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THE INVESTOR

Bio & Medicine

Celltrion eyes bigger share in Japan’s Remicade market

  • PUBLISHED :August 29, 2017 - 17:30
  • UPDATED :August 30, 2017 - 09:55
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[THE INVESTOR] Celltrion is renewing its commitment to Japan’s 1 trillion won (US$890 million) Remicade market -- huge but untapped -- for its copy drug Remsima which has seen tremendous success in Europe and the US. 

Japan is the second-largest market for Johnson & Johnson’s rheumatoid arthritis therapy Remicade following the US. Remsima, priced about 35 percent cheaper, debuted in the market in 2014.




But the drug sales are not benefiting from cheaper pricing due to the Japanese government’s generous insurance coverage for the original drug. 

“Consumer demand for biosimilar drugs is not so high in Japan as Remicade is well-insured. For the same reason, doctors also prefer to prescribe the original drug over the copycat,” said an industry source who declined to be named.

According to industry data, Remsima, the world’s first Remicade biosimilar, has taken a tiny 5 percent stake away from the original drug in Japan, as against more than 40 percent in Europe.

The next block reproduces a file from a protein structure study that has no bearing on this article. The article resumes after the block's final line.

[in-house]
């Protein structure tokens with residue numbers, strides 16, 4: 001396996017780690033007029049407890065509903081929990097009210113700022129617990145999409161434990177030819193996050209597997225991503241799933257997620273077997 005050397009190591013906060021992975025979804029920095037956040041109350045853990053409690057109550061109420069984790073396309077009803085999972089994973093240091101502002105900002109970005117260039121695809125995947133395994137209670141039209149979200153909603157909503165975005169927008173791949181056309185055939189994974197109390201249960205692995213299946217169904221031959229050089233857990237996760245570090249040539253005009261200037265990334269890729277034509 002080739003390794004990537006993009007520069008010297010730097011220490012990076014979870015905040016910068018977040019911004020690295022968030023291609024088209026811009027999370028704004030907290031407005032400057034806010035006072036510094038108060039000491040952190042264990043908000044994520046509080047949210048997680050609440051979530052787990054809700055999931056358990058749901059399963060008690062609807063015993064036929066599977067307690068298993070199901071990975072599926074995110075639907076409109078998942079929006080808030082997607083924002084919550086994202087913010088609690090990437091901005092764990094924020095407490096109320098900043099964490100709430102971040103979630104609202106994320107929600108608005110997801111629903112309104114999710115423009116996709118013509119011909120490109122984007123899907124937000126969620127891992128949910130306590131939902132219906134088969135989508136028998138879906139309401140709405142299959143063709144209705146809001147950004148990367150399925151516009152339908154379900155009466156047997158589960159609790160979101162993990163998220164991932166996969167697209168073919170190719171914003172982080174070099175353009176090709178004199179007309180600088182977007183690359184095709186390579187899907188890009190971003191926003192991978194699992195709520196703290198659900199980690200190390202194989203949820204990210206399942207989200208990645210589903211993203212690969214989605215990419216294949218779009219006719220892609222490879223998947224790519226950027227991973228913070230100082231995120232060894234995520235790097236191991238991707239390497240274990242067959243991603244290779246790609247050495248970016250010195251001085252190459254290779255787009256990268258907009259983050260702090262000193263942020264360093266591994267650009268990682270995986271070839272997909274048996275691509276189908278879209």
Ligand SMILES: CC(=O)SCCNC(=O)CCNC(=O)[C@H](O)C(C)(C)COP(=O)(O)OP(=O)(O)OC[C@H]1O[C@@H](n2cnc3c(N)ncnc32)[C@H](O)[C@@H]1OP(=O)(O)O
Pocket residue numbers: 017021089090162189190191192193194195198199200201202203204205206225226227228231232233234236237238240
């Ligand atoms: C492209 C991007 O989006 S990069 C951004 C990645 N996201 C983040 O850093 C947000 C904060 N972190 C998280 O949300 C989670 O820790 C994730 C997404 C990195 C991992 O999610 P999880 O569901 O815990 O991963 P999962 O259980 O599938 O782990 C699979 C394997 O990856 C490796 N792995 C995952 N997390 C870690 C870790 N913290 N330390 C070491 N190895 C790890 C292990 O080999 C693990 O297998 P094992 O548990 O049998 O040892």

“Still, Japan is an important market for us,” said an official from Celltrion’s marketing unit Celltrion Healthcare. “We will focus on enhancing sales networks to boost Remsima sales there.”

Adding to its local partner Nippon Kayaku, the Korean firm is making a big sales push by setting up a separate marketing unit -- the same two-brand strategy it used for the European market.

While Celltrion’s crosstown rival Samsung Bioepis has no immediate plans to launch its biosimilar Flixabi in Japan possibly due to the high entry barrier, a smaller biosimilar maker Aprogen is preparing to enter the tricky market in December.

Unlike its bigger rivals that focus on Europe and the US, Aprogen has poured resources into the Japanese market by conducting all clinical trials for its Remicade biosimilar candidate GS071 in the country only and teaming up with Nichi-Iko Pharmaceutical, the largest generic drug maker in Japan by sales.

“We have targeted the Japanese market from the beginning due to the market potential,” said Aprogen CEO Kim Jae-seop. “We are pinning high hopes on appealing to local consumers as our Remicade biosimilar is considered Japan’s first home-grown biosimilar.”

The GS071 is also expected to be offered at a whopping 80 percent cheaper price than the original drug.

By Park Han-na (hnpark@heraldcorp.com)
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